29 January 2021   Leave a comment

Most of us would agree that there are sharp political divisions in the US, divisions that were made sharper and more manifest during the Trump Administration. The Pew Research Center has conducted a very large number of polls to measure how deep these fissures actually are and the results are sobering. The report summarizes some of the findings:

“Trump’s status as a political outsider, his outspoken nature and his willingness to upend past customs and expectations of presidential behavior made him a constant focus of public attention, as well as a source of deep partisan divisions.

“Even before he took office, Trump divided Republicans and Democrats more than any incoming chief executive in the prior three decades.1 The gap only grew more pronounced after he became president. An average of 86% of Republicans approved of Trump’s handling of the job over the course of his tenure, compared with an average of just 6% of Democrats – the widest partisan gap in approval for any president in the modern era of polling.2 Trump’s overall approval rating never exceeded 50% and fell to a low of just 29% in his final weeks in office, shortly after a mob of his supporters attacked the Capitol.”

One of the more striking findings of the polls was the extent to which words were interpreted in vastly different ways by Democrats and Republicans. The graph below shows the disparities in how words uttered by former President Trump were interpreted.

This disparity spilled over into the very question of what constituted a fact in political discourse. The report notes that

“One of the few things that Republicans and Democrats could agree on during Trump’s tenure is that they didn’t share the same set of facts. In a 2019 survey, around three-quarters of Americans (73%) said most Republican and Democratic voters disagreed not just over political plans and policies, but over “basic facts.”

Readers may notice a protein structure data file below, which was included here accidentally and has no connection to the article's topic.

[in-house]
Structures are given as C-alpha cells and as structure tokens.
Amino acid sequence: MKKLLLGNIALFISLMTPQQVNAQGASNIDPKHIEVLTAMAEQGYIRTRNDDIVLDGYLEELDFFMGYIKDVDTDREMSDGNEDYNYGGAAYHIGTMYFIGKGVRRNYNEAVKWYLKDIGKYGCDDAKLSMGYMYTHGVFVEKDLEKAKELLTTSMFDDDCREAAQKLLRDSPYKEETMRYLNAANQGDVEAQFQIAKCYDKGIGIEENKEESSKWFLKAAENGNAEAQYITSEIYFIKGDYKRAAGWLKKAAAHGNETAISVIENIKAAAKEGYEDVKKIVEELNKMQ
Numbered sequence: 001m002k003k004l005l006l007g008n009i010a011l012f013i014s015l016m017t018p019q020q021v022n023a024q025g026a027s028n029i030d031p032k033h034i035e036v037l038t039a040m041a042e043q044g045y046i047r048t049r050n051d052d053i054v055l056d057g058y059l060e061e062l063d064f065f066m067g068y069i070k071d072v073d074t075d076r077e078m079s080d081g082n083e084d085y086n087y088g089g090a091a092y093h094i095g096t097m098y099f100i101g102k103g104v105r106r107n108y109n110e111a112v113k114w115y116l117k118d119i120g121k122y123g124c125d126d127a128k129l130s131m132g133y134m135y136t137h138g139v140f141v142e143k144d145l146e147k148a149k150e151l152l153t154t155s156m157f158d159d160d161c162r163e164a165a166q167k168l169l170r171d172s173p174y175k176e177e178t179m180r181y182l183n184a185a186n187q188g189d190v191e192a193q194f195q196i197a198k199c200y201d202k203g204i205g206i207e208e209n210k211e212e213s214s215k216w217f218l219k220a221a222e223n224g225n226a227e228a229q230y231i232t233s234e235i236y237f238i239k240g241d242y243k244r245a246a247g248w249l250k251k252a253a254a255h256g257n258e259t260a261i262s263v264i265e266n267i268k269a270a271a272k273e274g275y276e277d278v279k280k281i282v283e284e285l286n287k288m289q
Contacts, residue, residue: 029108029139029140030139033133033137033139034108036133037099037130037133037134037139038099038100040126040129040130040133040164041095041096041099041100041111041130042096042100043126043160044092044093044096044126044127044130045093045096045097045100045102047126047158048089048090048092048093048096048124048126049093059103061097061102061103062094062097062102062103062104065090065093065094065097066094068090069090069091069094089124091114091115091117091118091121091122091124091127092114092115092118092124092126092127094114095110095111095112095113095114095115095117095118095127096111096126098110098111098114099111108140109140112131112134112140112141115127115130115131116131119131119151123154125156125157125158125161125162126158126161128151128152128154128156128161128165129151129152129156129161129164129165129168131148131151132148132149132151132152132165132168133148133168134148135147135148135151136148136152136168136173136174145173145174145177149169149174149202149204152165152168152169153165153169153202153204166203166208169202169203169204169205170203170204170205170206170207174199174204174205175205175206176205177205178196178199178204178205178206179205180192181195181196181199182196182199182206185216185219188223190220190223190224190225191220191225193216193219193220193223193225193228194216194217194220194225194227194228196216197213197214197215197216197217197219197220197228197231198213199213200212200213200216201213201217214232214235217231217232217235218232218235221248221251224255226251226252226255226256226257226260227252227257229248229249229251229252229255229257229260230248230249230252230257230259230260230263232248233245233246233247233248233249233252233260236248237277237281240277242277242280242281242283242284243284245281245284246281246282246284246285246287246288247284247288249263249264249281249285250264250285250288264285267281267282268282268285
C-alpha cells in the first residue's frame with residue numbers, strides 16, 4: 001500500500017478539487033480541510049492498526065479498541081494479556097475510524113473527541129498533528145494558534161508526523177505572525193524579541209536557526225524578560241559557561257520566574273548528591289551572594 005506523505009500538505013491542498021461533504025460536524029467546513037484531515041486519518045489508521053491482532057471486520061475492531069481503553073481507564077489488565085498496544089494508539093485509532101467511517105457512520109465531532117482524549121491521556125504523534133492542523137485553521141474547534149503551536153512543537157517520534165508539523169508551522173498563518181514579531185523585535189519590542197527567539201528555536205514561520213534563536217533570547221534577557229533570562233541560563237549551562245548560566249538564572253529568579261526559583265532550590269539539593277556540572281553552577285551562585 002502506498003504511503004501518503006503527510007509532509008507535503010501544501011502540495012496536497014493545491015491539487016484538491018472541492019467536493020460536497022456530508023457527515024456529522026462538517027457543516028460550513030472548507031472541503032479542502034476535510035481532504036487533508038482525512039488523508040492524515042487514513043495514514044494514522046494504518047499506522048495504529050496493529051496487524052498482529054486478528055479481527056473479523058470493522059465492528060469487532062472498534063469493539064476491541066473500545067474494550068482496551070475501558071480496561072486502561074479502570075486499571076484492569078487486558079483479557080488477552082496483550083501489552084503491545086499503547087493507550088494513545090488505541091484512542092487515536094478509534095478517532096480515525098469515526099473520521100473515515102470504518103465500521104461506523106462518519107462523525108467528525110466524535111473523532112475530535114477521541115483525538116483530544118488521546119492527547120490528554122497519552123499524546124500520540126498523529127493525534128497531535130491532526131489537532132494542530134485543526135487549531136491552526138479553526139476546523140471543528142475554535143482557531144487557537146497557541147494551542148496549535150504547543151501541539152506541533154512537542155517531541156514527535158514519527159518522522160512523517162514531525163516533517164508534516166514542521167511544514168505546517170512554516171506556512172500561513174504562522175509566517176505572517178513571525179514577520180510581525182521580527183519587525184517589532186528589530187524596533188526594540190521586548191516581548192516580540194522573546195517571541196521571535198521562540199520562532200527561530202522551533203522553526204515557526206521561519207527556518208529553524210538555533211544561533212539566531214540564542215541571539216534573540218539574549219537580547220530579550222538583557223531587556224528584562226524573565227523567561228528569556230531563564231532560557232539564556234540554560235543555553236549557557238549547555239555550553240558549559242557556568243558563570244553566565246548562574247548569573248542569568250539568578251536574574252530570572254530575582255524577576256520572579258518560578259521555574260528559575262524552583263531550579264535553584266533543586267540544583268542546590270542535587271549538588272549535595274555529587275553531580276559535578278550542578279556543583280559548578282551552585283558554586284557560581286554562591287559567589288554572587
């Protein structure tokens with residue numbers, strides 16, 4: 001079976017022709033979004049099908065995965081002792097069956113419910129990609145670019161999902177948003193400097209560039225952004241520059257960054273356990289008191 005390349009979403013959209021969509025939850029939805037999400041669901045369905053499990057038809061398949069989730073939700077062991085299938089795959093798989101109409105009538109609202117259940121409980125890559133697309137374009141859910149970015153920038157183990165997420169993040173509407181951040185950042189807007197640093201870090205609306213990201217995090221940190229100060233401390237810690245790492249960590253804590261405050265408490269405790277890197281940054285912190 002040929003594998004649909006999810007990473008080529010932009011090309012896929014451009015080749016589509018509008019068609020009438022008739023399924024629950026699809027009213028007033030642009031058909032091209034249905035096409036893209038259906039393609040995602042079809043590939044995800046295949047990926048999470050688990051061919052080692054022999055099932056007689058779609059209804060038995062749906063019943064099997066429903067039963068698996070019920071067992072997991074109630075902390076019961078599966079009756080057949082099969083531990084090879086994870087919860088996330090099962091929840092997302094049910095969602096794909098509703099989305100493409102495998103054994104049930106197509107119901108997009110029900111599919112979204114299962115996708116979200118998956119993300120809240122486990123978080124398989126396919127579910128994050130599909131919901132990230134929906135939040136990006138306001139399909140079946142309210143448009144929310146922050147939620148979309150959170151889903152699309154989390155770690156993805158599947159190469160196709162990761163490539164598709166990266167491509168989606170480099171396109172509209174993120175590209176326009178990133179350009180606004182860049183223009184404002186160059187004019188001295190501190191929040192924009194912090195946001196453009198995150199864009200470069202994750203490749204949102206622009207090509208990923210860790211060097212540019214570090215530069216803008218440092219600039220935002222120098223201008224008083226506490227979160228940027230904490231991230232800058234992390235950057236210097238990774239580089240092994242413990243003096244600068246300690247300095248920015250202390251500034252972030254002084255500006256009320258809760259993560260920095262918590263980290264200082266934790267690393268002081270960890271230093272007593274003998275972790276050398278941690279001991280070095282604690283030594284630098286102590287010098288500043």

Most Americans said in 2019 that Republican and Democratic voters can't agree on 'basic facts.'

“Much of the disconnect between the parties involved the news media, which Trump routinely disparaged as ‘fake news’ and the ‘enemy of the people.’ Republicans, in particular, expressed widespread and growing distrust of the press. In a 2019 survey, Republicans voiced more distrust than trust in 2o of the 30 specific news outlets they were asked about, even as Democrats expressed more trust than distrust in 22 of those same outlets. Republicans overwhelmingly turned to and trusted one outlet included in the study – Fox News – even as Democrats used and expressed trust in a wider range of sources. The study concluded that the two sides placed their trust in ‘two nearly inverse media environments.'” 

The report finally notes that most Americans would prefer that Trump exit the political stage, but that there is a divide on this question between moderate and conservative Republicans: “Around two-thirds of Americans (68%) said in January 2021 that they would not like to see Trump continue to be a major political figure in the years to come, but Republicans were divided by ideology. More than half of self-described moderate and liberal Republicans (56%) said they preferred for him to exit the political stage, while 68% of conservatives said they wanted him to remain a national political figure for many years to come.”

Posted January 29, 2021 by vferraro1971 in World Politics

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